Animal & Veterinary

Questions and Answers on Arsenic-based Animal Drugs


What is the current status of arsenic-based animal drugs?
What is arsenic and why would it be used in animals?
What was the purpose for these drugs?
When were these animal drugs approved?
How does FDA regulate carcinogenic compounds used in food-producing animals?
Why did the FDA decide to conduct studies on what happens to 3-Nitro (roxarsone) fed to chickens?
What studies did FDA do?
What test method was used to measure the tissue samples?
What was the outcome?
Why didn’t FDA’s study test chicken muscle for the presence of inorganic arsenic?
Where can I obtain a copy of FDA’s studies?


What is the current status of arsenic-based animal drugs?

On April 1, 2015, FDA announced that it had received a letter of commitment from Zoetis Animal Health that the company will suspend sale of the drug Histostat (nitarsone) in the fall of 2015 and will request that FDA withdraw the approval for the drug by the end of 2015. With the withdrawal of the approval for Histostat and two combination products containing Histostat, there will no longer be any FDA-approved arsenic drugs for use in food animals. The approvals for three other arsenic-based animal drugs, 3-Nitro (roxarsone), carbasone and arsanilic acid, were formally withdrawn in February 2014, in response to an FDA study of 100 broiler chickens that detected inorganic arsenic, a known carcinogen, at higher levels in the livers of chickens treated with the drug 3-Nitro (roxarsone) than in untreated chickens.

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What is arsenic and why would it be used in animals?

Arsenic is an element that is present in the environment as a naturally-occurring substance or as a result of contamination from human activity. It is found in water, air, and soil in organic and inorganic forms. The inorganic form is more harmful than the organic form, and has been found to be a human carcinogen. Organic arsenic is not known to be carcinogenic. Organic arsenic is the form of arsenic that was the active ingredient in approved arsenic-based animal drugs.

The scientific understanding at the time these drugs were approved was that the organic arsenic would be excreted as organic arsenic, which is not known to be a carcinogen. Until recently, scientific evidence indicated that animals exposed to organic arsenic rapidly excrete the compound in its original form--as organic arsenic. FDA approved the product at doses and withdrawal times that, based on this available information, allowed for the safe and effective use of the product when used according to the label directions.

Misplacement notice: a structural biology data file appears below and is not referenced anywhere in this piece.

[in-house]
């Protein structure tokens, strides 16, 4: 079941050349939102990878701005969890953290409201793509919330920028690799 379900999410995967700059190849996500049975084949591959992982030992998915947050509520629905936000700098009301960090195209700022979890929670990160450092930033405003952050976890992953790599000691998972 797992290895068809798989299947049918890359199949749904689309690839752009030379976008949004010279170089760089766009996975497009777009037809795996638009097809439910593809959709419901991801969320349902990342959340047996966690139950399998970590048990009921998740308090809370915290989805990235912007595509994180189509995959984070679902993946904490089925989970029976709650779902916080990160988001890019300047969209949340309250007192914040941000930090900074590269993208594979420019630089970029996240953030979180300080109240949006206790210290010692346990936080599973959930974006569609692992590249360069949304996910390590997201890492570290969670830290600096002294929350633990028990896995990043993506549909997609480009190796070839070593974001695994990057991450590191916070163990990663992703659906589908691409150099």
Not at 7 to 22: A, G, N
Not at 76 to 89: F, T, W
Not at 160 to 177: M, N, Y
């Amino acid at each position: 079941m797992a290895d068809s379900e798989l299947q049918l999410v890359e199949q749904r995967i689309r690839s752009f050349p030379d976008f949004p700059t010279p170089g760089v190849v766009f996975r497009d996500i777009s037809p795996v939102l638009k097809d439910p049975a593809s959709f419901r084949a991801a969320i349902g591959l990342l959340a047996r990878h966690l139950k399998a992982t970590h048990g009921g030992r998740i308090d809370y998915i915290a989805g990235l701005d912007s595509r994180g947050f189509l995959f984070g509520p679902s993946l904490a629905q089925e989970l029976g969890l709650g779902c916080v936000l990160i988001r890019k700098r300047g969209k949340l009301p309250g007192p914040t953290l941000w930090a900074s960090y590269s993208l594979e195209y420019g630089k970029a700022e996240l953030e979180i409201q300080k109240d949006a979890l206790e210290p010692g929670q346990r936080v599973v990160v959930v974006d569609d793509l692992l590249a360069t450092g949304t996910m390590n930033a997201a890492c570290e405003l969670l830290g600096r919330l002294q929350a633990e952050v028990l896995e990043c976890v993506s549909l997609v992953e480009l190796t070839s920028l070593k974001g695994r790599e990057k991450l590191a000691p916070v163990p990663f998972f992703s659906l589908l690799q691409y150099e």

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What was the purpose for these drugs?

These drugs were approved to help prevent certain diseases in poultry. Roxarsone was approved to help prevent coccidiosis, a parasitic disease that infects the intestinal tracts in poultry and can lead to death in poultry, and was also approved for weight gain, feed efficiency and improved pigmentation in chickens. Nitarsone is approved for the prevention of blackhead disease (histomoniasis) in turkeys and chickens, but is primarily used in turkeys. Blackhead is a significant cause of mortality in turkeys.

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When were these animal drugs approved?

FDA first approved the use of animal drug products containing arsenic many years ago. The first such approval was for 3-Nitro (roxarsone), which was approved on March 21, 1944.

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How does FDA regulate carcinogenic compounds used in food-producing animals?

Under the Delaney Clause for new animal drugs of the Federal Food, Drug, and Cosmetic Act, FDA cannot approve any compound for use in food-producing animals where the drug or its metabolites has been found to induce cancer. There is an exception, commonly referred to as the DES proviso. The DES proviso carves out an exception to the Delaney Clause allowing cancer-causing compounds (or compounds with cancer-causing metabolites) to be used in food-producing animals if 1) the drug does not harm the animal and 2) tests approved by FDA do not detect residues of the drug in any food from the animal. The Federal Food Drug and Cosmetic Act governs the withdrawal of approval of a new animal drug application, after due notice and an opportunity for hearing, where new evidence shows that the Delaney Clause applies.